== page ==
This is some delightful cheese.
I imagine that most non-Italians’ experiences with Piero Umiliani start and end with “Ma Nah Ma Nah.” That’s right, the dapper gentlemen on the cover art was the genius behind the weirdo earworm that scored The Muppets one of their iconic scenes. If that’s your only taste, then hold on to whatever expectations you had when going into Grazie! and let this glorious silliness wash over you. Yes, Umiliani was a connoisseur of camp, but he was one of the finest to ever do it. Grazie! collects his Library Music, erotica scores and Spaghetti Western pieces. And this is some delightful cheese.
Everything is delivered with a wink, but it is consummately composed music. You can hear the DNA of Todd Terje’s lounge lord shtick from the opening, sultry notes of “Le Ore Che Cantano” and Giorgio Moroder undoubtedly took inspiration from Umiliani’s pomp. Even the desert-fried bad-assery of The Budos Band has something owed. But, unlike The Budos boys, you’re not expected to take any of this shit seriously. That would ruin the fun. Most of Umiliani’s songs are founded upon tasteful horn arrangements, crisp basslines and swooshing strings adding romantic spice to the proceedings. With that bedrock, much of Grazie! is liable to soundtrack a nighttime drive on the coast, or your next make-out session. For Umiliani, the two situations are probably interchangeable. There’s a playful sensuality to his compositions, prime for waggling eyebrows and “come hither” stares.
Though, at 18 tracks, we certainly see more than softcore soundscapes and muscle car fantasies. “Chaser,” despite its minute-and-a-half length, is a captivating little piece of pseudo-jazz, propelled by a crunchy piano line. “Goodmorning Sun” has a bit of Beatles psychedelia floating at the edges and another bite-sized track, “Tanto Tempo Fa” would have fit snuggly on a Miles Davis album.
It’s all mood music with a decidedly ridiculous bent. Umiliani does, though, stop blowing raspberries for two songs, adding some surprising gravity to the collection. There are two tracks titled “Nostalgia” on Grazie! and both of them live up to their name. The first of the sibling songs is startling wistful, focused on a marvelous plucked guitar and haunting synth lines. The second is a more upbeat tune, centered on a confident trumpet, but the swooning strings and sleek guitar hint at underpinnings of longing and melancholy. And considering their compatriots, the “Nostalgia” songs hit all the harder.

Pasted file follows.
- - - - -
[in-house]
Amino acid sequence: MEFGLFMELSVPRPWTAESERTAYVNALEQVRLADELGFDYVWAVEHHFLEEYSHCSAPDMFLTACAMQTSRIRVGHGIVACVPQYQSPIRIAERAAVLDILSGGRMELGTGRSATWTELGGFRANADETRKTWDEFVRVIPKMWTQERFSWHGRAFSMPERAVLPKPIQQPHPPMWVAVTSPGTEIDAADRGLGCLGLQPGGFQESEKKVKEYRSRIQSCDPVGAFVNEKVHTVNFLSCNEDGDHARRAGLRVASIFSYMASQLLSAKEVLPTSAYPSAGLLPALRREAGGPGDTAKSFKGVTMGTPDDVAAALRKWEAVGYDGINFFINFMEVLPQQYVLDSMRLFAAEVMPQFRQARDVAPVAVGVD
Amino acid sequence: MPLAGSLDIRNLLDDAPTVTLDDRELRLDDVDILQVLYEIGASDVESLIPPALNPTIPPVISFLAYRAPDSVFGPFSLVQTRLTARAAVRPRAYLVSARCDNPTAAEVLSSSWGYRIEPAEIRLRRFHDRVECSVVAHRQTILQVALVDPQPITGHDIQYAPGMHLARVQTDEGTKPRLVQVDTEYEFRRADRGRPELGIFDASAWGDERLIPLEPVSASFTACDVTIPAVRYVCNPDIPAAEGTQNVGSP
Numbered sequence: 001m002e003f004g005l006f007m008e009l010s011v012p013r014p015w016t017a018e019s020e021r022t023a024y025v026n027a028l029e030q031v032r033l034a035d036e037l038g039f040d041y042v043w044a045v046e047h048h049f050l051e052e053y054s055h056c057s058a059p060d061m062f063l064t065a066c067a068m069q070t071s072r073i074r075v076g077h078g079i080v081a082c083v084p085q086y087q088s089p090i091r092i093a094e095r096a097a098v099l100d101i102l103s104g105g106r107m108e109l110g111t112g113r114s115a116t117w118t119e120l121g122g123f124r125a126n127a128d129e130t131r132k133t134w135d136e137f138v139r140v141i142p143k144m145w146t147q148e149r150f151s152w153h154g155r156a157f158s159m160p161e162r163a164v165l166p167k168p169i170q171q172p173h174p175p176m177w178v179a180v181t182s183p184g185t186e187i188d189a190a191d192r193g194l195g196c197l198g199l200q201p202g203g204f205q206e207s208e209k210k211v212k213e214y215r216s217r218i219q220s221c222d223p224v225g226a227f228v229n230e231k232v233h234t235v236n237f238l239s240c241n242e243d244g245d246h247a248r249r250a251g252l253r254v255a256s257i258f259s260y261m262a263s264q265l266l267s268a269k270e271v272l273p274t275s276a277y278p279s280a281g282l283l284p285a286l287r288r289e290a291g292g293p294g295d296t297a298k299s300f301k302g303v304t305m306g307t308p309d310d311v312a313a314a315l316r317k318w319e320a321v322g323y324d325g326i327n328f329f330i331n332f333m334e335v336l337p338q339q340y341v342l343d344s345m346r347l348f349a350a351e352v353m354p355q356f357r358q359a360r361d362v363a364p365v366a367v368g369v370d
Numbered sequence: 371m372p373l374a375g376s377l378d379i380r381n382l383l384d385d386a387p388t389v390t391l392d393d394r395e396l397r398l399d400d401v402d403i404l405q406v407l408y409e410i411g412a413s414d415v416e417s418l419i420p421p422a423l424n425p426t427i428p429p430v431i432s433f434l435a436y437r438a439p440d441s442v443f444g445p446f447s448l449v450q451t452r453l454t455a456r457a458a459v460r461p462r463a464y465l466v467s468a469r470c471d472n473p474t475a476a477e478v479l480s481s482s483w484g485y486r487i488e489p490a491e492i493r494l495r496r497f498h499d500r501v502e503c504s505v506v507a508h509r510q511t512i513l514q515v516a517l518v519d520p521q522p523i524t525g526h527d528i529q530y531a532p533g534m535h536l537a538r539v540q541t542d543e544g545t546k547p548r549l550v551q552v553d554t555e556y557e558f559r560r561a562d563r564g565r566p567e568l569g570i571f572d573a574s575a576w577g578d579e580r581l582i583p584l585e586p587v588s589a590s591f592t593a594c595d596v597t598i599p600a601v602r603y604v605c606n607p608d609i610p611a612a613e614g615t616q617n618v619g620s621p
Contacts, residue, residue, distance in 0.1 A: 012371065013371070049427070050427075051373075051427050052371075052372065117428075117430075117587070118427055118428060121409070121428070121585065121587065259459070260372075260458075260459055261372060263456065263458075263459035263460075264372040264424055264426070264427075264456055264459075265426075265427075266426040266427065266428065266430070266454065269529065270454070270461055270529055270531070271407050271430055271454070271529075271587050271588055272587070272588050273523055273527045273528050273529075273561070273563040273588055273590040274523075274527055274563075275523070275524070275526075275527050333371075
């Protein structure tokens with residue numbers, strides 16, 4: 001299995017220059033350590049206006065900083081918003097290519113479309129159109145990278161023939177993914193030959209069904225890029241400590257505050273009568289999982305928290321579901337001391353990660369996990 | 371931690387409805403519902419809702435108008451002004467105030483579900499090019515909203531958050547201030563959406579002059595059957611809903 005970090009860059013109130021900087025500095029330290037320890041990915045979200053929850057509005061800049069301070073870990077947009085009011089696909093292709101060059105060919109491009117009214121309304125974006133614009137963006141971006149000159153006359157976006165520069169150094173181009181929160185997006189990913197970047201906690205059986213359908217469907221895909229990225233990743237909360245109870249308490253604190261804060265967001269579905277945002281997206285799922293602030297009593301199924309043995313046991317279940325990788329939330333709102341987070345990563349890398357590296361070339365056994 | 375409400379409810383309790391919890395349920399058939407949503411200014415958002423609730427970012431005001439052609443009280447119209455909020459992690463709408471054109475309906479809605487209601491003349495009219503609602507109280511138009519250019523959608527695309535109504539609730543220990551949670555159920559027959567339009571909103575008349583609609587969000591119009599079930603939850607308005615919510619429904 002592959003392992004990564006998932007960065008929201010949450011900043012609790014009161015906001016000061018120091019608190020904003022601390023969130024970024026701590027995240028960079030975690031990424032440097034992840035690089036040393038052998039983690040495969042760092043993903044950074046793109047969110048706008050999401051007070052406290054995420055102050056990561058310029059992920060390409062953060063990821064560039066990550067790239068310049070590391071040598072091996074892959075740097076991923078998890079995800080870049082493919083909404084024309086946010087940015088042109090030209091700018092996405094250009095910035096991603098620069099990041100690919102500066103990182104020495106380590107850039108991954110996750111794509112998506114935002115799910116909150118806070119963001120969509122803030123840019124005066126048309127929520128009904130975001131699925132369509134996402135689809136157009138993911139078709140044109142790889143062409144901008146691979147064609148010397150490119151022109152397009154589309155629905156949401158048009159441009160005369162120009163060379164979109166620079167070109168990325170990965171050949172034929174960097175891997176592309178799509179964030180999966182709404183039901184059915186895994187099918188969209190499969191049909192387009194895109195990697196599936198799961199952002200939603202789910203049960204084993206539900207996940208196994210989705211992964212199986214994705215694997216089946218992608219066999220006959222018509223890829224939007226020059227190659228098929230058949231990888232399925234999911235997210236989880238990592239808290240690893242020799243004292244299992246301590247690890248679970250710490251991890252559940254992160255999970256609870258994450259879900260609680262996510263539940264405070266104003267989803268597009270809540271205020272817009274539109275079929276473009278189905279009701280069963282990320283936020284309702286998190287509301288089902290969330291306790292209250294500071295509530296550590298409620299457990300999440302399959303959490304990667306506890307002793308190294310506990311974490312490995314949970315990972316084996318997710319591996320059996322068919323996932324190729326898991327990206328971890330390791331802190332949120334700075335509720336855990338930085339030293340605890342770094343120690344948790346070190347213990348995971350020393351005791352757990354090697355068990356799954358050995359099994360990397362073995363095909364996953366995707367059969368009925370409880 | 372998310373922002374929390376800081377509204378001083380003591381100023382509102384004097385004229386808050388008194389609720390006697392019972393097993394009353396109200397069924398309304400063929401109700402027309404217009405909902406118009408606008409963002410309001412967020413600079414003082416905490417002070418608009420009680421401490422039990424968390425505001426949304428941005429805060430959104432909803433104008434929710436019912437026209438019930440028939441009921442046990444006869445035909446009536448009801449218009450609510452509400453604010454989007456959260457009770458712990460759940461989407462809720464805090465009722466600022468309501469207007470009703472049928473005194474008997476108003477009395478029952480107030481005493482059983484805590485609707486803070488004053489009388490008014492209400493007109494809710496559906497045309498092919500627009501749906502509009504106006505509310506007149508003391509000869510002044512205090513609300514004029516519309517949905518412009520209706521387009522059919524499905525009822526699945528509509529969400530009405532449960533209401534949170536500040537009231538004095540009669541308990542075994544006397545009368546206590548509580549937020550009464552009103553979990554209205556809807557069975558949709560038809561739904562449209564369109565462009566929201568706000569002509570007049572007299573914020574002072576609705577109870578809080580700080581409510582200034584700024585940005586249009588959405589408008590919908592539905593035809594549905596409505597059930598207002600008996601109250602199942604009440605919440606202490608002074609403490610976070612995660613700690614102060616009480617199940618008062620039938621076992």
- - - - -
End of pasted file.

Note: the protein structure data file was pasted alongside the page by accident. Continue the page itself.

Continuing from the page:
But these are brief detours from Umiliani’s usual scenes of fast cars and attractive people doing attractive things. There’s a strong funk backbone to many of his songs. “Coast to Coast” is propelled by a smooth-as-butter bassline and the sexy time of “Blue Lagoon” wouldn’t have its lazy strut without those faint low-end notes.
Umiliani passed away in 2001 at the age of 74. He never hit the heady heights of Ennio Morricone, at least not in the eyes of critics. He had his name attached to too many pornos for that to happen. Hell, even “Ma Nah Ma Nah” was originally used in a shockumentary film about lesbian night clubs in Sweden (no, really). Though he did score Western gem Son of Django, most of Umiliani’s work has been consumed in a decidedly more pop context, when it wasn’t jamming at strip clubs. But the music of Grazie! smiles in a way that says Umiliani didn’t want anything too grand struck to his name. Instead, he lasts thanks to a complete lack of pretention. This is music for beach bums and hippies, hopeless romantics and hormone-laden teenagers. It creates its own silly splendor.